Here Sunday? His championship dreams are all but over. Still.... "I'm waiting on something good to happen. 
     "I don't think I've made too many bad decisions.  I don't look back over each race and go 'Man, this is exactly where I went wrong.'
    "I don't take a record of everything. 
     "I feel like we haven't got the job done (in the playoffs),  and this is a place where I feel like I should know what I'm doing and should be able to go out there and get a great result every time. 
     "Everytime you show up here thinking 'This might be the weekend that you get it turned around and put things back in the right direction.'
    "It hasn't been going great here, as great as I want it to go here lately.  We have torn up a lot of cars and been frustrated most times when we leave here.
     "I still come back as confident and excited about the opportunities as ever. 
     "That is the way we feel this weekend."

     What has happened over the years here since his last win?
    "The package changes a lot, and you've got to adapt.  Maybe I haven't adapted as well to some of the packages.
    "Or maybe I'm just not making the right decisions. 
     "You've got to make all the right decisions in the draft to put yourself in position to win.  And I haven't been doing that to win these races here.
    "But my confidence and my determination has not changed a bit. 
     "I think you've got to adapt, and I don't think I've adapted as well as I've needed to (to these new 2013 cars)... to the way this package needs to be run.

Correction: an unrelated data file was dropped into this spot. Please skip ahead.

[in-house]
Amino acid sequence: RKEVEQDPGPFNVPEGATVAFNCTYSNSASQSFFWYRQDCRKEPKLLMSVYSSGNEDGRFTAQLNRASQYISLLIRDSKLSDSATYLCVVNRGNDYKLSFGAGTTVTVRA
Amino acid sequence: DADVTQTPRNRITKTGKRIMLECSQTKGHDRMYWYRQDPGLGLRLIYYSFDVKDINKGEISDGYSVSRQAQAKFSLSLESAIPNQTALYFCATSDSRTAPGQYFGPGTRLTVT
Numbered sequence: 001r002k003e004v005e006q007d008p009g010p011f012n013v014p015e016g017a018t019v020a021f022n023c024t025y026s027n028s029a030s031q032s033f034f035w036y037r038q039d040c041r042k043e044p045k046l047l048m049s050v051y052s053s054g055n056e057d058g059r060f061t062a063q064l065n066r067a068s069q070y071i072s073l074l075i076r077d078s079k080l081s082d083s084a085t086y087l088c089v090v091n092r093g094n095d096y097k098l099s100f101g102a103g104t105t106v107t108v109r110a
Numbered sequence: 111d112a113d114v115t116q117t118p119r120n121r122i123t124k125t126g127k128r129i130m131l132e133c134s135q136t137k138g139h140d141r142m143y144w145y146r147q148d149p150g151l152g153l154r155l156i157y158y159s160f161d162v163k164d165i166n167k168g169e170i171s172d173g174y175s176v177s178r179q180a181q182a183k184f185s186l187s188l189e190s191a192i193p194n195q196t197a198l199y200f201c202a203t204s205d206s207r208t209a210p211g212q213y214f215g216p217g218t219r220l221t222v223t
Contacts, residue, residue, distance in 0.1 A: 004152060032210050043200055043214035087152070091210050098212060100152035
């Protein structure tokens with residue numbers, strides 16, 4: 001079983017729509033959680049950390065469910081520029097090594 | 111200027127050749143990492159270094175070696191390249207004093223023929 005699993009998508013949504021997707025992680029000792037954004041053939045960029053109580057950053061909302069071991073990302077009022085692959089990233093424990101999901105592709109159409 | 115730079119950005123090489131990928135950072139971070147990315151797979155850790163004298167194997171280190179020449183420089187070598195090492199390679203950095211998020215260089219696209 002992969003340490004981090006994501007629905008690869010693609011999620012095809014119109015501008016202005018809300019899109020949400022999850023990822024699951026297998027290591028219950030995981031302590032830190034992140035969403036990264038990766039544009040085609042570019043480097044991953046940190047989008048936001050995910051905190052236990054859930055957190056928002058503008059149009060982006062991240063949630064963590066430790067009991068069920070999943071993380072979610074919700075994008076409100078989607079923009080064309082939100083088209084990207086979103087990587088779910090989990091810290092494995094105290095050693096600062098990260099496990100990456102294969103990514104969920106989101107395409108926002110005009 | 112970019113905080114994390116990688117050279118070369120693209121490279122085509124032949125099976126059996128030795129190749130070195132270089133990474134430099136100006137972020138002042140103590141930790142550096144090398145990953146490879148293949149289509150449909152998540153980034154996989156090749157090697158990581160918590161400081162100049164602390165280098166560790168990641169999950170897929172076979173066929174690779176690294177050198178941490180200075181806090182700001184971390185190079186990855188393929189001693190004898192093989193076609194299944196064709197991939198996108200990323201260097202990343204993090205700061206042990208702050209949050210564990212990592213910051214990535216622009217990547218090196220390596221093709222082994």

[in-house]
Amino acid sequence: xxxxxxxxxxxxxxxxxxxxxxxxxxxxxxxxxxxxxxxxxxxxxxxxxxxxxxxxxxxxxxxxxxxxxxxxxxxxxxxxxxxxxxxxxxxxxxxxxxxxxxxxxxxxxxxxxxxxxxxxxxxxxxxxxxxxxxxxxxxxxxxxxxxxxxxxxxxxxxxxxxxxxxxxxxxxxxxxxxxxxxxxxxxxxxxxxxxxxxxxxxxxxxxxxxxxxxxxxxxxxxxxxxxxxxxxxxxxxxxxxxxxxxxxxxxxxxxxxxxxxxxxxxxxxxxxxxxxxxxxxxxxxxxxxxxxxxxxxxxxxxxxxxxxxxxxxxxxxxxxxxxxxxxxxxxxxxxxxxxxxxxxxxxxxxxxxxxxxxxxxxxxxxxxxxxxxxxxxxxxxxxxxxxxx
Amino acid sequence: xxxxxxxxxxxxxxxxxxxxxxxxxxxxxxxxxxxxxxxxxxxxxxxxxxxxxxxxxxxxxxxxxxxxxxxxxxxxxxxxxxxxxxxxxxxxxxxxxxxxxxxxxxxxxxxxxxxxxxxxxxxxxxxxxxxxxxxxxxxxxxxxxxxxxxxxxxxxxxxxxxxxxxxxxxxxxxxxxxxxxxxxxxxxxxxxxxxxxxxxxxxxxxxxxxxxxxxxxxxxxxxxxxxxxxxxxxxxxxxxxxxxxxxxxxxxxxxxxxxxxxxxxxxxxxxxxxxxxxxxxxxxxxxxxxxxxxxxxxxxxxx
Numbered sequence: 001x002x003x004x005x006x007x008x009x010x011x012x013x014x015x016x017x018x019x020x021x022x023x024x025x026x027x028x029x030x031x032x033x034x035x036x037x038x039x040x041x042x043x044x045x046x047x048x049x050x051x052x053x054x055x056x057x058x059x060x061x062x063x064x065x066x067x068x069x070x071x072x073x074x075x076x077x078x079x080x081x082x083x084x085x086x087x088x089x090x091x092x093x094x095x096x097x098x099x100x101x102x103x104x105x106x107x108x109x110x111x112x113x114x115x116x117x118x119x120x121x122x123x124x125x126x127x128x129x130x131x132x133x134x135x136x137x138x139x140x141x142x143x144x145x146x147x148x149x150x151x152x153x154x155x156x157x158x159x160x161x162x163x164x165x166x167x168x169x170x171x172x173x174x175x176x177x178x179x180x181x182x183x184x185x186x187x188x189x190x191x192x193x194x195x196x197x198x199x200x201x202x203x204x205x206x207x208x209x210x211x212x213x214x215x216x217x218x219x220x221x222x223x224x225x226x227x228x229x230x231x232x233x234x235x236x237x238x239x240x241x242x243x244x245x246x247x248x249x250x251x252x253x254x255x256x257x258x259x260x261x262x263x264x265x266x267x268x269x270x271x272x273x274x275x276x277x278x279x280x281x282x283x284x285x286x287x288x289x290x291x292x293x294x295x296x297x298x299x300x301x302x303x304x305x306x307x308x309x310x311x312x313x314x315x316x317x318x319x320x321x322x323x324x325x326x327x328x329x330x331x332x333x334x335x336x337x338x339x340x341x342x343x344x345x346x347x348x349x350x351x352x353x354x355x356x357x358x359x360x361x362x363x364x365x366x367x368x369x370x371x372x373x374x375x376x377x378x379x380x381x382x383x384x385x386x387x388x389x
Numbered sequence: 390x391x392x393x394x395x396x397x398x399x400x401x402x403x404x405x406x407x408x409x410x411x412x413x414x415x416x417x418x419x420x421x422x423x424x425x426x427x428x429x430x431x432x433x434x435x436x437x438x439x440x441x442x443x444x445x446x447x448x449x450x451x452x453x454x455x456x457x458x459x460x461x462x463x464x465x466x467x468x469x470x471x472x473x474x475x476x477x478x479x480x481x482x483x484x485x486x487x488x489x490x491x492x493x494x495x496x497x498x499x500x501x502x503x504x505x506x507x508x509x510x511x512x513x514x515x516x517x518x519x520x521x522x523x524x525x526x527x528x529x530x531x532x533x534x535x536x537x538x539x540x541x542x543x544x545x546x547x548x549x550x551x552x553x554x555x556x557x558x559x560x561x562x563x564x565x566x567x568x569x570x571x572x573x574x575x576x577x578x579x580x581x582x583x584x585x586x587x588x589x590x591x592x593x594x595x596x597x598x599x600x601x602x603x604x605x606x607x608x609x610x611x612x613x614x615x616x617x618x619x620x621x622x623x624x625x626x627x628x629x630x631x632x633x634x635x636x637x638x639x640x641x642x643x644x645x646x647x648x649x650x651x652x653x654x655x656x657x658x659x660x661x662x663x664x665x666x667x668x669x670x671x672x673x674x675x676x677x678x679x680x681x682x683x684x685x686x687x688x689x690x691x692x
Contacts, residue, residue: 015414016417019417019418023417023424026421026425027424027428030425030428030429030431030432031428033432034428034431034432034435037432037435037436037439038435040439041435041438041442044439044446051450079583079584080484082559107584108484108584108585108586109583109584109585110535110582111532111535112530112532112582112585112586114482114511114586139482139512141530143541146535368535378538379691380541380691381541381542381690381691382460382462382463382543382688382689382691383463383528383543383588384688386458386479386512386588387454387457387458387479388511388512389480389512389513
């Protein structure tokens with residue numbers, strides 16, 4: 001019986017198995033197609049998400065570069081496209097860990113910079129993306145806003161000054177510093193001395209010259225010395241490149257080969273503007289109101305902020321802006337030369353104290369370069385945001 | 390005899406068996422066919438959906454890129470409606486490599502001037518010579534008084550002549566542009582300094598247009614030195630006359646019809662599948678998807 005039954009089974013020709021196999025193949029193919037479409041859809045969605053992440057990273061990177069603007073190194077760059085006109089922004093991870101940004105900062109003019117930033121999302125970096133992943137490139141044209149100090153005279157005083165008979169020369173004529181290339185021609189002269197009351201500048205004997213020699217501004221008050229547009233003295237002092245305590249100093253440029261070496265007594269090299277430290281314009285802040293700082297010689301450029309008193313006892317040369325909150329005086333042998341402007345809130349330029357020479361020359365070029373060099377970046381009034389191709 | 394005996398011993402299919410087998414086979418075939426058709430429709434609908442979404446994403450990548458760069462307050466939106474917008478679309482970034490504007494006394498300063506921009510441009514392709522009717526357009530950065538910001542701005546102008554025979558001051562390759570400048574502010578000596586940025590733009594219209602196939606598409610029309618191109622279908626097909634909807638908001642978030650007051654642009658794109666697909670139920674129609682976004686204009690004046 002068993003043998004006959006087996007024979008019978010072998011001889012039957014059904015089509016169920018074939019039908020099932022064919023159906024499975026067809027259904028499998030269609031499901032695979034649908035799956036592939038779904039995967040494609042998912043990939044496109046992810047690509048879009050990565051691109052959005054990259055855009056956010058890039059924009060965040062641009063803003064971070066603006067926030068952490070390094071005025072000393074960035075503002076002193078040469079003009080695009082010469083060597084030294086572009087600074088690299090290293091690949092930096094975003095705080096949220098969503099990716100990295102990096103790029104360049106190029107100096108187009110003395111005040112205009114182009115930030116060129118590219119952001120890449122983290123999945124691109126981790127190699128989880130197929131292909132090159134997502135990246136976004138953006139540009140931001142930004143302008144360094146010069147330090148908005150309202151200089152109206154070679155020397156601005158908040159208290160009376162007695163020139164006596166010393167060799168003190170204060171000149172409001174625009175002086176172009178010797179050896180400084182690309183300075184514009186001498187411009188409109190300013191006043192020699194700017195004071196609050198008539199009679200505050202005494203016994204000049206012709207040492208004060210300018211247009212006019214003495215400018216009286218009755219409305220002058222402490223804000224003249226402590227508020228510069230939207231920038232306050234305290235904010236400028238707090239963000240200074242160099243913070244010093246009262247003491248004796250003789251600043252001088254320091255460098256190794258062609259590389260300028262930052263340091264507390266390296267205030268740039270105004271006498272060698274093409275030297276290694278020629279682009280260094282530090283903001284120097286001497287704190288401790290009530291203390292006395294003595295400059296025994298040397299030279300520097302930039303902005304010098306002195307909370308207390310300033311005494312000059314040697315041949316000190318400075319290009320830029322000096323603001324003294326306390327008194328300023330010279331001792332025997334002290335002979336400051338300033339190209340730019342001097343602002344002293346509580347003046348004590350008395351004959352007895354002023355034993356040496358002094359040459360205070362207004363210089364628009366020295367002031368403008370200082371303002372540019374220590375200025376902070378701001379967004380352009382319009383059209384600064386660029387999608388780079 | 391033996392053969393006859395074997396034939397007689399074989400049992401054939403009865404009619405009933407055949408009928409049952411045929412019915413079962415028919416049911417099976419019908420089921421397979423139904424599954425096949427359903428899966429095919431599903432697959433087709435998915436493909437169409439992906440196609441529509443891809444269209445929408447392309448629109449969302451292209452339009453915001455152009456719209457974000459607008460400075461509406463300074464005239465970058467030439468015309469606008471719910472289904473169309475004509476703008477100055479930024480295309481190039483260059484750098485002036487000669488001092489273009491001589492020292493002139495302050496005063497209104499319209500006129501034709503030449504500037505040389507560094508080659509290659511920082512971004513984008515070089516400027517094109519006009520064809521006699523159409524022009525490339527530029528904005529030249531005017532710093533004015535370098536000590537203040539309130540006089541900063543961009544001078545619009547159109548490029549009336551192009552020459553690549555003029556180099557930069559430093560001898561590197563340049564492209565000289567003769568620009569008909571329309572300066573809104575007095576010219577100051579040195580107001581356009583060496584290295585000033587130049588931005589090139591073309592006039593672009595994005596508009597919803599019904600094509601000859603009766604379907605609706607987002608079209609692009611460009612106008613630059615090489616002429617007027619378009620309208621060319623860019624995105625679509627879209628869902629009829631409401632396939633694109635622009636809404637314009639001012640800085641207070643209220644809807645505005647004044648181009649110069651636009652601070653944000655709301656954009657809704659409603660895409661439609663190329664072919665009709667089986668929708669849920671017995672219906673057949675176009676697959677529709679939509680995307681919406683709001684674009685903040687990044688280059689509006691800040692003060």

"But I'm going to stay open-minded to that and try to do a good job this weekend of putting the car where it needs to be and making better decisions that put me in position to have a shot at it. 
   "I just want to have a shot at it.  We haven't really even done that.
     "Everytime we have had these late restarts we have been in the back or outside the top-10, or just things haven't gone the way we need them to go at the end of these races to have a shot and be up close to the front to make a move at the last few laps. 
    "That is the goal this weekend." 




Jr won races when he ran the house car (DEI) because they had found a way to trick them up for winning races on restrictor plate tracks. When NASCAR went to the deal that all cars have to be the identical as far as setup goes Jr.just became another driver in the field.

jr just said on TV what i have been saying

jr just said on TV what i have been saying


let the crews do what they want on setups on these cars because the rules have every car on the same setup, so a team that finds the sweet spot in these rule will run the table as they say in pool because no one else can try something different to win.